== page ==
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Title: Compressed air energy storage for large-scale renewable energy systems for a case study of Egyptian grid
Author: Ramadan, Omar
ISNI:       0000 0004 5921 4126
Awarding Body: University of Nottingham
Current Institution: University of Nottingham
Date of Award: 2016
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All across the world, attention is turning to renewable energies to serve at least as a partial substitute to fossil fuels in the global energy mix, braking the latter’s depletion and providing a greener solution for a more sustainable future. However, the intermittent nature of most renewable energy sources, wind and solar in particular, raises major concerns over the integration of these technologies, on a large scale, to grid systems. This thesis focuses on large-scale renewable energy storage systems, primarily compressed air energy storage (CAES) systems, which are particularly well suited for renewable energy applications. CAES can play a major role in shaping the future of renewable energy systems for not only can it bring load levelling to the system, but it can also add substantial value by providing ancillary services to the grid. The main focus of this research is adiabatic CAES which endeavours to minimize the use of natural gas by using recuperators and thermal energy storage systems, where the heat from the air during the compression stages is absorbed by a heat transfer fluid, stored, and then supplied back during the expansion process. This project aimed to explore the potential of CAES systems as an energy storage technology for large-scale grid integrated renewable energy system. A computer model was developed to size the different components in the CAES system and also to predict the operational performance of the CAES system for different conditions using MATLAB programming. The thermal energy storage of an adiabatic CAES system was optimized using CFD analysis and experimental testing of the thermal energy storage system was carried out to validate the models. Also, an economic study was performed to assess the feasibility of the CAES system based on a case study of the Egyptian grid. The dynamic simulation of a novel configuration of an adiabatic CAES system showed that the system can achieve improved performance compared to existing CAES plants, while the economic study showed that CAES can improve the economics of a wind farm, at least by the standards of our chosen case study location.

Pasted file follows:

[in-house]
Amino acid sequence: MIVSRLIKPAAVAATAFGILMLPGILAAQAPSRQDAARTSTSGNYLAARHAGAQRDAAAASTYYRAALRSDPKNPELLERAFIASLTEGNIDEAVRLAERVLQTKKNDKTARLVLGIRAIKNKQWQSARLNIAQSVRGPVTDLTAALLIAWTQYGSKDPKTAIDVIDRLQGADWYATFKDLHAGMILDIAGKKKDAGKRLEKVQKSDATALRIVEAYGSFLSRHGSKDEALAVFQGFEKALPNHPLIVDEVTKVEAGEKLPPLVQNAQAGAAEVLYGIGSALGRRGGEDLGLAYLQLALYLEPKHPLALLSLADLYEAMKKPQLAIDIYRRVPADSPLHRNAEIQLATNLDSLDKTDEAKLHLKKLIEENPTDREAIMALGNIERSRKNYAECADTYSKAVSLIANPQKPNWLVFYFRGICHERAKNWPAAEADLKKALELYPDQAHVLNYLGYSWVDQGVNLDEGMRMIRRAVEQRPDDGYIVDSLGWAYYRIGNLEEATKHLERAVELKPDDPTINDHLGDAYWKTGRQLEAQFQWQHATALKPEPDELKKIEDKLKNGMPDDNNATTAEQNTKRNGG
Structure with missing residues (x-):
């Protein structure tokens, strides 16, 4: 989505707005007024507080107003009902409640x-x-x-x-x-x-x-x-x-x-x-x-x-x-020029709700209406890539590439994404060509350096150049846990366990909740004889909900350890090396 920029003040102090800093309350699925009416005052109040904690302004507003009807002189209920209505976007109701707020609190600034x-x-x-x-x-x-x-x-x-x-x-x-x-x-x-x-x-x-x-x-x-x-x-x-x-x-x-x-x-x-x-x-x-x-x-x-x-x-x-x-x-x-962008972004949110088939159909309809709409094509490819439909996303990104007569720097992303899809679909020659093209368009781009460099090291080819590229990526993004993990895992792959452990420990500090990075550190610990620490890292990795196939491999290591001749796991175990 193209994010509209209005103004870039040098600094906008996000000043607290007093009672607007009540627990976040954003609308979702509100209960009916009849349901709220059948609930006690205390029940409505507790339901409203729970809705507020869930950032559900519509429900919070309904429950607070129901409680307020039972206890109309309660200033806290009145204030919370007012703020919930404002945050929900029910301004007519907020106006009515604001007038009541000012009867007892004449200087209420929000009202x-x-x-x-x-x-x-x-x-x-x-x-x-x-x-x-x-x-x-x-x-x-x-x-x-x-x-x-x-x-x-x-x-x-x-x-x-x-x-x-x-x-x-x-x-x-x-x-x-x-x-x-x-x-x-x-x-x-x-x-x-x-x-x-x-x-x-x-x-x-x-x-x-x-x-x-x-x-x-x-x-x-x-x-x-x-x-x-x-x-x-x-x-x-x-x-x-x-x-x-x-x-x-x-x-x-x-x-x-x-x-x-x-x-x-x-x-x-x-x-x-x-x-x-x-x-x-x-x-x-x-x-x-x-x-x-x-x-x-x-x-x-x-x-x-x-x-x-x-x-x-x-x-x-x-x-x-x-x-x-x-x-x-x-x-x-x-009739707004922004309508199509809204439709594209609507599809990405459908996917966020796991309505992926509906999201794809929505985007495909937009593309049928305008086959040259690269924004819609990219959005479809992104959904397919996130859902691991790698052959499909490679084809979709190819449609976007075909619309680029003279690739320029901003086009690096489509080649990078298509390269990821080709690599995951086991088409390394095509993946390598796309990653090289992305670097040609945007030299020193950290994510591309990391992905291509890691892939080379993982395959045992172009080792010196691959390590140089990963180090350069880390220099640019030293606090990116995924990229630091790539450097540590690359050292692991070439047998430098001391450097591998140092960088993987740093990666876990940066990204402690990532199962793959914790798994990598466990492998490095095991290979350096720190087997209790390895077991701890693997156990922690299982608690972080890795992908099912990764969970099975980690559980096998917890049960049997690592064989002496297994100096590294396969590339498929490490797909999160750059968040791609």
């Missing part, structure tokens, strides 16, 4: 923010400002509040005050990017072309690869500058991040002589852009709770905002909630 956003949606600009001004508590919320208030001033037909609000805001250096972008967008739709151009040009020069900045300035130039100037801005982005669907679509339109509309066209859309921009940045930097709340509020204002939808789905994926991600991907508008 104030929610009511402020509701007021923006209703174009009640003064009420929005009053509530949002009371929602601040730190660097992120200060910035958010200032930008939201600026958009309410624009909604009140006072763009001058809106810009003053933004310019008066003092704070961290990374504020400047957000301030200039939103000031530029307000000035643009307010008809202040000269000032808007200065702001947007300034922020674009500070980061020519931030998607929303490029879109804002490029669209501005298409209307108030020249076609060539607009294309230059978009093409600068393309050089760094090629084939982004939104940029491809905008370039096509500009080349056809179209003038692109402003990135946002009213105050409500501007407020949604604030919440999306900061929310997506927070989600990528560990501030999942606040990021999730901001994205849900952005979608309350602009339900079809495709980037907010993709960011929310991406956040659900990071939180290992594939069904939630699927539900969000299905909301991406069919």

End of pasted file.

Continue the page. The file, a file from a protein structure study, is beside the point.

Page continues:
Supervisor: Not available Sponsor: Not available
Qualification Name: Thesis (Ph.D.) Qualification Level: Doctoral
EThOS ID:  DOI: Not available
Keywords: TJ807 Renewable energy sources